Updated at 12:34 p.m. with today's results.
When the American cycling team Garmin-Cervélo went pro four years ago, its aim wasn't necessarily to win big at the Tour de France. Rather, founder Jonathan Vaughters said he wanted to demonstrate that it was possible to be competitive without taking performance-enhancing drugs – and thus transform the culture of a sport marred by systemic doping at the highest levels.
It seemed a lofty goal, particularly in the grueling Tour de France, which runs for three weeks with only a handful of rest days. So even when Garmin won its first-ever Tour stage on July 4 this year and was leading the team standings, some doubted it would still be in the lead as the race churned through the Pyrénées and climbed the highest Alpine finish in Tour history.
Garmin has a zero-tolerance antidoping policy backed up by supplemental drug tests for its riders – a model since adopted by other teams as well. Now, the self-proclaimed “clean team" has a real shot at winning the overall team classification at this year's Tour.
Garmin riders retook the lead this week and hung tough yesterday as the race ascended a trio of dramatic climbs, including the 9,000-foot Col Agnel.
Thanks to the 9th and 10th place stage finishes by American Tom Danielson and Canadian Ryder Hesjdal, and a crucial 12th from US veteran Christian Vande Velde, the team not only kept its five-and-a-half minute lead but extended it to more than 10 minutes. Today, the trio built on that lead, putting the squad nearly 12 minutes ahead of the next team as the Tour heads for the finale in Paris on Sunday.
While not as prestigious as the yellow jersey that top riders Andy Schleck, Thomas Voeckler, and Cadel Evans were vying for today up the iconic Alpe D’Huez climb, the team trophy is a real prize – one that comes with a €50,000 ($72,000) award.
Evolution of team racing in the Tour
The Tour de France’s initial editions forbade riders to form teams, encouraging solo feats of strength. These days, individual champions would be nowhere without the support of a strong team that works tirelessly to deliver its leader to success.
Late in the Tour, though, many riders fall out of contention for individual competitions like the yellow or green jersey.
At a hotel in the Italian Alps last night, Vaughters admitted that the team classification wasn’t a goal from the Tour’s outset.
“Typically, this doesn’t become a focus until later in the race, because it’s almost impossible to play to win the team classification from the beginning,” he said. “But a few days from the finish, I can say, ‘Oh, this is what we have now to work with.’ ”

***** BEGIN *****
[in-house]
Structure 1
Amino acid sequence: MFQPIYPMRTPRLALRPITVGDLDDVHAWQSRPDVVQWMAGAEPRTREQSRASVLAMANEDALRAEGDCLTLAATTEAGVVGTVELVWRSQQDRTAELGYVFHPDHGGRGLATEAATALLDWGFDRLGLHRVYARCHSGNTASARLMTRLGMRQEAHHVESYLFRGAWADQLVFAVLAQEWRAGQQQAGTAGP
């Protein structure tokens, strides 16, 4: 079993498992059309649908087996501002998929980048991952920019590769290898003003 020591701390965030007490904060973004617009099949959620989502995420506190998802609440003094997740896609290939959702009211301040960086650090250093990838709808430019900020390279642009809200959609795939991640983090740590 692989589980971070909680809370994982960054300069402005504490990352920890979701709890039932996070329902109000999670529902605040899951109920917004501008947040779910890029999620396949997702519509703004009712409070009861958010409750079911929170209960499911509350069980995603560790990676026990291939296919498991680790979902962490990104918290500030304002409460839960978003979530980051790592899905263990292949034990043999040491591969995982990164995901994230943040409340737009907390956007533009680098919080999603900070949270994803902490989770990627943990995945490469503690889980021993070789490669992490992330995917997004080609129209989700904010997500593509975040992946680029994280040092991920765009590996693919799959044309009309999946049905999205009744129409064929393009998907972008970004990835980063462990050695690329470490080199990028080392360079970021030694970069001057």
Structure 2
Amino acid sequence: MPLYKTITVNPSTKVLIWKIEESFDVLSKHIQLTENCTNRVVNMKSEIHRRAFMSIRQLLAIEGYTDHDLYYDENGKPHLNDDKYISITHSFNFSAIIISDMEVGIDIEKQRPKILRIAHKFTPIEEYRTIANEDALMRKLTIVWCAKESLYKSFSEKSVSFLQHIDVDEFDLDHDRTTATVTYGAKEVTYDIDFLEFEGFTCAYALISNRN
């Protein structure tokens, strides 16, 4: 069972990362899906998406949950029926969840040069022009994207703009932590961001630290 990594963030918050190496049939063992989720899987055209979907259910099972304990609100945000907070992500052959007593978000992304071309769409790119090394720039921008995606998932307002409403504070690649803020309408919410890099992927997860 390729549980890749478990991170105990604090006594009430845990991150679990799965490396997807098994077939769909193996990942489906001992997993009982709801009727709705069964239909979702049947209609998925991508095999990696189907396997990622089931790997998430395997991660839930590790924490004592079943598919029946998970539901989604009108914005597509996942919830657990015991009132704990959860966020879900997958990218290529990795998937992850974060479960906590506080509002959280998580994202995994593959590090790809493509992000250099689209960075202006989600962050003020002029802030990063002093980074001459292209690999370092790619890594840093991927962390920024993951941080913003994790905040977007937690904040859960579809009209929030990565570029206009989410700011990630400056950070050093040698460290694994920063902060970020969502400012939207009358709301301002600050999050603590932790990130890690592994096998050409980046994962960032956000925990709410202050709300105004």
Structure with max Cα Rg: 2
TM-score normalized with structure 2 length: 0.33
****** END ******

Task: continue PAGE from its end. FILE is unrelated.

How the team award is calculated
The team classification is based on cumulative time, recalculated each day by adding a team’s three best individual times from each stage.
Vaughters’ team took the overall lead – from the Schleck brothers' Leopard Trek squad – after Tuesday’s Stage 16. Norway’s Thor Hushovd and Hesjedal finished first and third, respectively, after a breakaway into the Alpine town of Gap.
On yesterday’s stage 18, the Schleck brothers finished 1-2. But their third rider was 14 minutes back in 35th place, after having helped Andy Schleck make a dramatic attack that gave him a two-minute lead on the field for the day. Garmin, by contrast, didn't have any riders in contention for the lead but got three solid riders in the top 12.
Today, Garmin riders finished 10-11-19.
“Typically, the team that wins the [general classification] is really strong in the race,” said Vaughters. “This is a byproduct of our total success at this year’s Tour.”
Clean squads aren't just for show
If Garmin can keep its lead through tomorrow's time trial and the race’s concluding stage in Paris on Sunday, it will not just be a perfect capstone to a record-setting Tour for the Colorado-based team.
Doping has once again overshadowed this race. Defending champion Alberto Contador is riding in the race despite a positive drug test during his win at last year’s Tour. And Alexandr Kolobnev, a Russian rider for Team Katusha, withdrew from this year’s race after testing positive for a banned diuretic in the first week.
A final success for the dope-free Garmin team would send a message to the professional peloton that clean squads aren’t just for show. Since its inception in 2007, Garmin hasn’t had a single positive doping test. Now, it has the podium credentials to boot.
"I am confident that clean riders can win big races,” Vaughters said early in this year’s Tour. “The proof is in the pudding. We’ve showed [it's possible.]"